Veracode report highlights key problems in mobile app security

Security testing vendor Veracode has released a report showing that mobile apps aren't getting their cryptography right.

A study released Monday by application security testing vendor Veracode Inc. shows mobile apps aren't getting cryptography right. Issues related to cryptography affect a sizeable number of mobile applications, with 64% of Android and 58% of iOS applications left vulnerable, according to the State of Software Security report.

The report noted that "these are common coding mistakes that can be readily fixed." On the other hand, one of the leitmotifs of the report is that even the simple-to-correct errors remain unaddressed in many organizations. "For six consecutive quarters," the report noted, "the percentage of applications affected by SQL injection has hovered around 32%."

Chris Eng, vice president of research at Burlington, Mass.-based Veracode and a primary author of the report, expressed dismay at the prospects for mobile security if simple, "pre-mobile" ailments aren't decreasing. "If we can't get SQL injection worked out, what chance do we have with more complex things?"

The consensus on mobile app security

The Veracode findings echo a growing consensus that app security is the next significant frontier for mobile security.

During the CSO panel at the recent RSA Conference 2013, Howard Schmidt, former special assistant to the president, cybersecurity coordinator and White House official, suggested that bring your own device (BYOD) was pushing mobile security concerns to prominence. "The BYOD train has already left the station," he said. Not only are people carrying a personal device for work, they are carrying multiple devices: An Android phone for calls and email, an iPad Mini for content browsing and searching, and a Windows tablet for more complex mobile workflows.

The solution is not the mobile security tools we've seen so far, many believe. When presenting during the Cloud Security Alliance session at RSA, the mobile device management (MDM) approach was quickly discounted as a panacea for mobile security by Vic Morris, CEO of Washington, D.C.-based Vordel, who stated, "MDM is only the beginning. While MDM is an overloaded term, it mainly brings visibility into the environment but remains very reactive in terms of managing risk as it typically focuses strictly on the device, not the apps or data. Plus, controlling a whole device as a single unit simply won't fly for BYOD."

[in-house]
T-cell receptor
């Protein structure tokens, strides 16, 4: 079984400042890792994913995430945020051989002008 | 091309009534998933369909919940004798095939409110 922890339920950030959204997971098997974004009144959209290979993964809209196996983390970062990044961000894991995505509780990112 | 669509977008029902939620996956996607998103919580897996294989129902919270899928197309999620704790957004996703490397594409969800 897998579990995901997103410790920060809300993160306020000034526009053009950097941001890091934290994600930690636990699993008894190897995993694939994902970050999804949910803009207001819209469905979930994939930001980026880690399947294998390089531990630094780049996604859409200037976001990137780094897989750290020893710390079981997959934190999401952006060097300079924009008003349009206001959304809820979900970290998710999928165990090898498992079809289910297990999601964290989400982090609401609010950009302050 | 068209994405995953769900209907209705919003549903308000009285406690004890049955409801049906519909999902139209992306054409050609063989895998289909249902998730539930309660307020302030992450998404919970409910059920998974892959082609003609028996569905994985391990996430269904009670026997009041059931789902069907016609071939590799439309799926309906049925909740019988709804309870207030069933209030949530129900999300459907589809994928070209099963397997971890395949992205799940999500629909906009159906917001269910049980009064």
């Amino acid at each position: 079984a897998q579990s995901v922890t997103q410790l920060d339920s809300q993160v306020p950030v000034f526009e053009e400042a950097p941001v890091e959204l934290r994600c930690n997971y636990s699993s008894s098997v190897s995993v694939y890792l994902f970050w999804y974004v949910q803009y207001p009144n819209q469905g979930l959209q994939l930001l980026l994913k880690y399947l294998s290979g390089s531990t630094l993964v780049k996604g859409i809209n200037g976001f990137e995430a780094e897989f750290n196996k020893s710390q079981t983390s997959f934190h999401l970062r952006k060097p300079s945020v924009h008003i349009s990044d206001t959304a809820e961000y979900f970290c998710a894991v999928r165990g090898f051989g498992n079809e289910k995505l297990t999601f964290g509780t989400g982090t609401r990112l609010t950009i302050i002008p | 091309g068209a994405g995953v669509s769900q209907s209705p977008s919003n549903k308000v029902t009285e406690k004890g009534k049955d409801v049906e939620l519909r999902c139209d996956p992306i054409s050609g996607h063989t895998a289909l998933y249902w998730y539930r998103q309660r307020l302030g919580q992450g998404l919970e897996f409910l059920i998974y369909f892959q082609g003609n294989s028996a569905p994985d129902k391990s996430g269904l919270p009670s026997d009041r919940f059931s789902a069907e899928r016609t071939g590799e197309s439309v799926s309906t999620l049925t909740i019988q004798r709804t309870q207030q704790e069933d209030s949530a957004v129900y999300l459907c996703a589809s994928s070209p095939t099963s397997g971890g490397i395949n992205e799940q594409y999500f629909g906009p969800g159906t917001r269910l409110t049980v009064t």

During an RSA Mobile Security Shootout session, participants argued that just as we've seen the Microsoft Windows world improve its security posture by dint of a multi-year focus on application security, the mobile space is proving to be no different. These platforms too can be more secure if we focus on the apps.

"An increasing number of enterprises are moving beyond mobile email and calendar apps to leverage other mobile apps as a means to increase their employees' productivity," said Eric Schou, senior director of product marketing at Sunnyvale, Calif.-based Good Technology. "Based on results captured in a recent activation report from Good Technology, this BYOD trend is being led by financial services and business/professional services industries -- with these two industries making up more than half of device activations -- followed by the retail, manufacturing and energy/utilities industries. These industries are looking to mitigate the risk of breach and data loss by selecting mobile workflow apps that have been developed, tested, deployed and managed with secure collaboration in mind."

While that may be true, much of the mobile application development work is building on shifting sands. Jeff Williams, CEO and founder of Columbia, Md.-based Aspect Security, pointed out that "90% of apps are built from a collection of libraries" and referenced another Aspect Security report showing that 28% of downloaded libraries were vulnerable and that half of the Fortune 100 companies use one or more of these vulnerable libraries in production code.

Dino Dai Zovi, CTO of New York-based Trail of Bits Inc. said, "We are missing the mark for future threats on this new platform."

"The reality is we have little to no control over the hardware and the operating system, so we can only really address issues at the app layer," added Charlie Miller, security research engineer at Twitter.

About the author
Sean Martin is a four-term CISSP and 25-year technology veteran. Write to him at sean@imsmartinc.com.

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